|Publication number||US4783103 A|
|Application number||US 07/017,238|
|Publication date||Nov 8, 1988|
|Filing date||Feb 20, 1987|
|Priority date||Feb 21, 1986|
|Also published as||DE3605601C1, EP0233506A2, EP0233506A3, EP0233506B1|
|Publication number||017238, 07017238, US 4783103 A, US 4783103A, US-A-4783103, US4783103 A, US4783103A|
|Original Assignee||Audi Ag|
|Export Citation||BiBTeX, EndNote, RefMan|
|Patent Citations (16), Referenced by (46), Classifications (15), Legal Events (6)|
|External Links: USPTO, USPTO Assignment, Espacenet|
This invention relates to a vehicle door lock assembly and more particularly to such an assembly provided with sound abating means.
In the prior art, there has been developed a type of door lock assembly for vehicles which generally includes a bolt mounted on the rear side wall of the door opening of the vehicle, a rotary latch mounted on a side wall of the door which is operatively engageable with the bolt for holding the door in the closed position, and a pawl also mounted on the door sidewall which is operatively engageable with the latch for retaining the latch in the closed position. Normally, such lock components are formed of a metal having sufficient strength properties to withstand impact loads applied in the direction of travel of the door and also in a direction perpendicular to the direction of door travel.
Because of the noise resulting from the striking lock components during opening and closing of the door, it has become a common practice in the industry to coat the latch member of such an assembly with a noise absorbing or deadening material such as plastic. It has been found, however, that in order to maintain the strength properties of the components for safety purposes, coating materials of greater strength but lesser sound absorbing properties must be used which is undesirable from a noise abatement point of view. It also has been the practice of some vehicle manufacturers to provide the bolt member of such assemblies with a noise absorbing material, usually a plastic, to further deaden the noise resulting from the components striking each other. Such provision also has been found not to be satisfactory in performance in that after a period of service, the coating material on the bolt member wears or spalls.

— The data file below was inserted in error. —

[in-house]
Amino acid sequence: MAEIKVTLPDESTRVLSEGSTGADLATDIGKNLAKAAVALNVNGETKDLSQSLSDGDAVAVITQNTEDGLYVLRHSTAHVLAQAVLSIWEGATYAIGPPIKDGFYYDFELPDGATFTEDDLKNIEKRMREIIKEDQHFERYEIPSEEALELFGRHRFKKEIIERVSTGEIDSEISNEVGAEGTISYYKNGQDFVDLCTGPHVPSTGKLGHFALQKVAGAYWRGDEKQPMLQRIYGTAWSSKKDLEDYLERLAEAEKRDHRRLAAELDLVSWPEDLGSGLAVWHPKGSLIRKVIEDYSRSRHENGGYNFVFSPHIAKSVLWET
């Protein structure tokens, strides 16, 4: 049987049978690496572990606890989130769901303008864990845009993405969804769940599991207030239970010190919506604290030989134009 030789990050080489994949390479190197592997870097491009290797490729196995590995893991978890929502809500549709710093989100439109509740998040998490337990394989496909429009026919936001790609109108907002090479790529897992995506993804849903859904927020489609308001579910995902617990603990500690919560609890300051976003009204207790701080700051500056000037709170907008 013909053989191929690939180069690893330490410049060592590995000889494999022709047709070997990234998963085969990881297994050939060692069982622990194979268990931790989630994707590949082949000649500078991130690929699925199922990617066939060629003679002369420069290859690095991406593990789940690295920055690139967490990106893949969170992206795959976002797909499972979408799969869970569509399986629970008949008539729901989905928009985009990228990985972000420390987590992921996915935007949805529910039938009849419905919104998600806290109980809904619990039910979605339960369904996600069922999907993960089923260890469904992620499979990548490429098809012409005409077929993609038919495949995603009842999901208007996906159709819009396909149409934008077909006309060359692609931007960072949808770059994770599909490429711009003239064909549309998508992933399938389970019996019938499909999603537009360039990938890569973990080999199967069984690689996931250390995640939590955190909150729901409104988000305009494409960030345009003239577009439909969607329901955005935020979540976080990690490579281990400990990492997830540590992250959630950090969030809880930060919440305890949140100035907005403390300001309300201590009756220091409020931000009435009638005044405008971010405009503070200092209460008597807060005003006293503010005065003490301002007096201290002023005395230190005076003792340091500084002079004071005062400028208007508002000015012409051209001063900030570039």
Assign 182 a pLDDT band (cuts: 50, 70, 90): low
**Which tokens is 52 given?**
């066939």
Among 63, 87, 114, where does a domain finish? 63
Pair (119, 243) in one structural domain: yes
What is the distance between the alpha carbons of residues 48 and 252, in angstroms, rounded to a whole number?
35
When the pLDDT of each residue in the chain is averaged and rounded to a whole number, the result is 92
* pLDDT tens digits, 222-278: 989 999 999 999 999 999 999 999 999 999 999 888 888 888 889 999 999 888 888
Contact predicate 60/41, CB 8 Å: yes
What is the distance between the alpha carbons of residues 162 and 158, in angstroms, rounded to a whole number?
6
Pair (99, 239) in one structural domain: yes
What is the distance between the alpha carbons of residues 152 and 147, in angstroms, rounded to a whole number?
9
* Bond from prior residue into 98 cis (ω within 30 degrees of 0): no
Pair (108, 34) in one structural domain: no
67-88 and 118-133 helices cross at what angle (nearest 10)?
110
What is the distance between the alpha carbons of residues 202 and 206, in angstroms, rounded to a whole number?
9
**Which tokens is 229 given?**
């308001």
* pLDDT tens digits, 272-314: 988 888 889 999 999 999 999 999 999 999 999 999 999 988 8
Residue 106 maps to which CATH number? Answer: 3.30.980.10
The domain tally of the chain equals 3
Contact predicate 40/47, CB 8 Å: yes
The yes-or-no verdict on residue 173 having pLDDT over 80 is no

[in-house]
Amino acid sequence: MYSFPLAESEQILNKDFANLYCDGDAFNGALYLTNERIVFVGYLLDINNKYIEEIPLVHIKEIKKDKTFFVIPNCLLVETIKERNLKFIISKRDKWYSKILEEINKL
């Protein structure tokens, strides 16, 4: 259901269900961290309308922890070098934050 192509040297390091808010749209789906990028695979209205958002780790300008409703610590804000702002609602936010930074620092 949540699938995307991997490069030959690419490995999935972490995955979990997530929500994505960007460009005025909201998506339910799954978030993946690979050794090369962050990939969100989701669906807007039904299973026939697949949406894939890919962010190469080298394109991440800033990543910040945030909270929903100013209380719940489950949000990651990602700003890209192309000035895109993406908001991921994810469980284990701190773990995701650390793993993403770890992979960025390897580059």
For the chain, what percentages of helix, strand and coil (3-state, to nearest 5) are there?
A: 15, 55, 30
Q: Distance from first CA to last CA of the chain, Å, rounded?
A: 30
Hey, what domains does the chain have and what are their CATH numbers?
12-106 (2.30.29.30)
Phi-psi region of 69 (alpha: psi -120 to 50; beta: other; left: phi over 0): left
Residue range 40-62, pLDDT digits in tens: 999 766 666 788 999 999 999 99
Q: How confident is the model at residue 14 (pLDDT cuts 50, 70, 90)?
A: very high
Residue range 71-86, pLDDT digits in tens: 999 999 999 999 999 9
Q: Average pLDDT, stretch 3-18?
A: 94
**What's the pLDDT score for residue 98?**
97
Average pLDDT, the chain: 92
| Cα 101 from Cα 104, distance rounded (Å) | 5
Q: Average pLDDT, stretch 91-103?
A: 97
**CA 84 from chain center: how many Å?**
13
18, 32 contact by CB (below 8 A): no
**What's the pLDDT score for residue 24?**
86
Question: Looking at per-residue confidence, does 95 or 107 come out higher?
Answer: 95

It thus has been found to be desirable to provide a lock assembly of the type described which not only has optimum sound abating characteristics but also optimum strength properties sufficient to withstand impact loads applied to the vehicle, particularly during collision, both transversely and longitudinally.
Accordingly, it is the principal object of the present invention to provide an improved lock assembly for vehicle doors.
Another object of the present invention is to provide a lock assembly for a vehicle door which performs safely and operates quietly.
A further object of the present invention is to provide an improvement in a door lock assembly for a vehicle in which the components thereof are coated with a sound absorbing or deadening material.
A still further object of the present invention is to provide an improved door lock assembly for a vehicle having optimum strength properties consistent with optimum sound absorbing characteristics.
A further object of the present invention is to provide an improved door lock assembly for a vehicle, utilizing a coating of sound absorbing material on the components thereof for reducing noise, in which coating materials of high sound absorbing properties can be used without sacrificing the strength properties of the components.
Other objects and advantages of the present invention will become more apparent to those persons having ordinary skill in the art to which the present invention pertains from the following description taken in conjunction with the accompanying drawings in which:
FIG. 1 is a side-elevational view of a door lock assembly of a vehicle embodying the present invention;
FIG. 2 is a partial cross-sectional view taken along line II--II in FIG. 3; and
FIG. 3 is an enlarged side-elevational view of the latch member shown in FIG. 1.
Referring to the drawings, there is shown a door locking assembly for a vehicle embodying the present invention which includes a retaining pawl 1, a bolt 2 and a latch 5. The latch is rotatably mounted on a shaft 9 secured to a housing 30 mounted on a sidewall of the vehicle door, and is rotatably biased in a clockwise direction relative to FIG. 1 by means of a spring 32 operatively interconnecting latch 5 and housing 30. It is provided with a pair of leg sections 3 and 4 defining a recess 8 therebetween which is adapted to receive bolt 2 therein. The bottom of recess 8 is arcuately configured and has a radius substantially the same as the radius of bolt 2. When the door is in the open position and the assembly is in the unlocked condition, spring 32 functions to bias latch 5 in the position depicted in phantom lines in FIG. 1 with recess 8 being disposed as at 31, transversely registered with bolt 2.